Though Eivor is the only character that really benefits from it, this storytelling structure works out for Valhalla. With a main campaign that clocks in at 65 hours, dividing Valhalla into more digestible two-to-three-hour stories helps you get through the whole thing. There are clear stopping points in the campaign, which help pace the story so that it's not immediately jumping between too many high-key set pieces in short succession or going long stretches with nothing happening. Its pacing still isn't without its issues--Valhalla takes way too long to get to the more exciting and intriguing, nuanced arcs. I remember thinking, "Oh, wow, this game is actually starting to get really freakin' good," and then seeing I was already 15 hours in. Once it hits its stride with memorable arcs and more things to do in the settlement, Valhalla starts to exhibit the kind of confidence you'd expect in the third go at the new open-world RPG style of Assassin's Creed, but it just takes a long time to get to that point.
Initially limited to a choice of only a couple of alliances to pursue, your options of possible missions quickly balloons after the first 15 hours, with Randvi giving you several points of interest on your map. The game does encourage you down a pretty specific path--you may have four possible alliances to go after but maybe only two are within areas that match your current power level, for example. And the game doesn't give you every possible alliance at once. You're usually given them in batches of two to four, and get a new batch when the current one is complete. There are exceptions--you get some alliances early on that are located in very high power level areas, showcasing missions you should be working towards, not jumping at immediately. But this is more a suggestion than direction. You can go after alliances well above your power level if you want. As far as I can tell, you can go anywhere on the map as soon as you establish your settlement in England, even if the story isn't pointing you in that direction yet. Your attack damage and health will just be lower than what is advised. But even that can be fun. I've gone after a few alliances where Eivor would die in one or two hits from the high level enemies, pushing me to really learn the exact timing needed to dodge and deflect attacks. Regardless of what order you choose, you'll eventually make some sort of alliance with or conquer every part of England before the campaign is done. None of the missions that Randvi brings you are optional--you'll do all of them eventually.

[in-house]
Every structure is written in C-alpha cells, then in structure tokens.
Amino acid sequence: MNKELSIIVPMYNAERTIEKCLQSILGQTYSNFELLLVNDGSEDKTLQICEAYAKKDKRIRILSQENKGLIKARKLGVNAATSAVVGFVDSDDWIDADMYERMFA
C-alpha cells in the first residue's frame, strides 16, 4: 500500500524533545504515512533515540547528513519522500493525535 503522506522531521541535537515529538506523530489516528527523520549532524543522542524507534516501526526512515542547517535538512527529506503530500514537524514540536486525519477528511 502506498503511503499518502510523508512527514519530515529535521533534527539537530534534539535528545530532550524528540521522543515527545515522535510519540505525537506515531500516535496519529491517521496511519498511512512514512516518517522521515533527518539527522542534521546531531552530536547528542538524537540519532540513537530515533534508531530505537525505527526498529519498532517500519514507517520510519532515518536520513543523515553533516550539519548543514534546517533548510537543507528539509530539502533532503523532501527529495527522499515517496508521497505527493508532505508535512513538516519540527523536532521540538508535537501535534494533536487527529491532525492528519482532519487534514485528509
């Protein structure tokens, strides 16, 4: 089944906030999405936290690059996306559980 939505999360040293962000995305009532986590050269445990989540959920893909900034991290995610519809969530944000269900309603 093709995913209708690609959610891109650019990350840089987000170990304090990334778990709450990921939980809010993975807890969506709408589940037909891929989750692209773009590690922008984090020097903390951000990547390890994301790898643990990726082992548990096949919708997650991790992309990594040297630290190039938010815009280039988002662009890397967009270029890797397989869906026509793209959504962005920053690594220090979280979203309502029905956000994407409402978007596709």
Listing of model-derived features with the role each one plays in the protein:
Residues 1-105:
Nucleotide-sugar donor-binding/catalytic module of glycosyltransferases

Eivor's lasting impact, or the potential for it, is an effective driving force to carry you through to this end. Figuring out how a random Viking from the 800s will save the world in 2020 is an intriguing proposition, especially since Valhalla does such a good job laying breadcrumbs of knowledge and small revelations throughout its runtime to keep you chasing the answer to that question. The game quickly lays out that it's who Eivor is and what she ultimately does that is important, but then deftly sets up several possibilities. Eivor begins to become a respected leader and partner to Randvi in overseeing the settlement, an almost legendary warrior when acting in Sigurd's name and securing alliances, and an Assassin as she hunts for the Order of Ancients (precursors to the Templar Order) alongside the Hidden Ones (precursors to the Assassin Brotherhood). All the while, she tries to piece together the true meaning of her visions alongside Valka, the Raven Clan's seer, who talks Eivor through her emotional and mental turmoil. All of these plotlines mix together to form Valhalla's main campaign, informing Layla (and by extension, us) as to who Eivor is, while providing the clues needed to put together how everything in the franchise adds up. I love that, even once it's shown its entire hand, Valhalla doesn't actually explain everything. It just gives you pieces that are there to put an answer together.
Eye Of The Beholder